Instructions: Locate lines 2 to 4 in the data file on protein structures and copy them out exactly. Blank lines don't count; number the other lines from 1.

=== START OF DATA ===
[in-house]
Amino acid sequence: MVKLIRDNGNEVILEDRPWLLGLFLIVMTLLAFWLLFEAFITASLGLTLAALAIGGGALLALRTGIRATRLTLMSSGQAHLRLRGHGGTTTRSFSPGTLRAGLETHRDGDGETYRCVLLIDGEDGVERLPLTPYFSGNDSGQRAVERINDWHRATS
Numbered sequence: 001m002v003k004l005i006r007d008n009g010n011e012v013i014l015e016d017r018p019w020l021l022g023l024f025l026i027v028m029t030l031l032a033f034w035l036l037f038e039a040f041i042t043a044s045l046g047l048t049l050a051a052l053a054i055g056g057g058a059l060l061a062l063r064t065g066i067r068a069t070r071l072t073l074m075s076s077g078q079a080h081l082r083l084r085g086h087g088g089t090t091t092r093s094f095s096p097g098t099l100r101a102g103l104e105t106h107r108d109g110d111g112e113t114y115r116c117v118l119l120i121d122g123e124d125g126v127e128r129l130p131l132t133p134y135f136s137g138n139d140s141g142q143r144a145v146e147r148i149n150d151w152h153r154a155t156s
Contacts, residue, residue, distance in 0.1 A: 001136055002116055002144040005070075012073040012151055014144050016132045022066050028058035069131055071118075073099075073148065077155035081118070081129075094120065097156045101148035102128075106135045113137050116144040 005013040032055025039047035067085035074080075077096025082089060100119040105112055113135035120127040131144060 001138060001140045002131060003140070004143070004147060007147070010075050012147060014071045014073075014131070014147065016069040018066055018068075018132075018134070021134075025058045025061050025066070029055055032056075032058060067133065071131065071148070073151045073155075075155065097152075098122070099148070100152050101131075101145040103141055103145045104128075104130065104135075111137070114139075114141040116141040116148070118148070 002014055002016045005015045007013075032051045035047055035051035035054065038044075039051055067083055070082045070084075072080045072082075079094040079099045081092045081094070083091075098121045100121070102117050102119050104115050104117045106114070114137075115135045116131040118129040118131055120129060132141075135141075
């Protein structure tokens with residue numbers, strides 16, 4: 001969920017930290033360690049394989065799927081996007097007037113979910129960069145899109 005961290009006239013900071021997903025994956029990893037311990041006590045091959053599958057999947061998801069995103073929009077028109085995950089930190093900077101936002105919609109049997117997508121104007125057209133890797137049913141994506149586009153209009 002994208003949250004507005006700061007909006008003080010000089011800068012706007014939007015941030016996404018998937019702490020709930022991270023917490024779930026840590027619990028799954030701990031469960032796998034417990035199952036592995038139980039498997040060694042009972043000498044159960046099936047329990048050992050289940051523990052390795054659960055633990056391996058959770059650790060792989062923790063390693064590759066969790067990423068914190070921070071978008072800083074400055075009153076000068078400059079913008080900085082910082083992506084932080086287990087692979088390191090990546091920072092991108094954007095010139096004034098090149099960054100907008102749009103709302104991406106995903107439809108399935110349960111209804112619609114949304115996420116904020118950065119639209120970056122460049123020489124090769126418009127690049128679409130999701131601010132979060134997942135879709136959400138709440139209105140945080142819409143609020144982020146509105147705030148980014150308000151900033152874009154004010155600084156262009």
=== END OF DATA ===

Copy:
Amino acid sequence: MVKLIRDNGNEVILEDRPWLLGLFLIVMTLLAFWLLFEAFITASLGLTLAALAIGGGALLALRTGIRATRLTLMSSGQAHLRLRGHGGTTTRSFSPGTLRAGLETHRDGDGETYRCVLLIDGEDGVERLPLTPYFSGNDSGQRAVERINDWHRATS
Numbered sequence: 001m002v003k004l005i006r007d008n009g010n011e012v013i014l015e016d017r018p019w020l021l022g023l024f025l026i027v028m029t030l031l032a033f034w035l036l037f038e039a040f041i042t043a044s045l046g047l048t049l050a051a052l053a054i055g056g057g058a059l060l061a062l063r064t065g066i067r068a069t070r071l072t073l074m075s076s077g078q079a080h081l082r083l084r085g086h087g088g089t090t091t092r093s094f095s096p097g098t099l100r101a102g103l104e105t106h107r108d109g110d111g112e113t114y115r116c117v118l119l120i121d122g123e124d125g126v127e128r129l130p131l132t133p134y135f136s137g138n139d140s141g142q143r144a145v146e147r148i149n150d151w152h153r154a155t156s
Contacts, residue, residue, distance in 0.1 A: 001136055002116055002144040005070075012073040012151055014144050016132045022066050028058035069131055071118075073099075073148065077155035081118070081129075094120065097156045101148035102128075106135045113137050116144040 005013040032055025039047035067085035074080075077096025082089060100119040105112055113135035120127040131144060 001138060001140045002131060003140070004143070004147060007147070010075050012147060014071045014073075014131070014147065016069040018066055018068075018132075018134070021134075025058045025061050025066070029055055032056075032058060067133065071131065071148070073151045073155075075155065097152075098122070099148070100152050101131075101145040103141055103145045104128075104130065104135075111137070114139075114141040116141040116148070118148070 002014055002016045005015045007013075032051045035047055035051035035054065038044075039051055067083055070082045070084075072080045072082075079094040079099045081092045081094070083091075098121045100121070102117050102119050104115050104117045106114070114137075115135045116131040118129040118131055120129060132141075135141075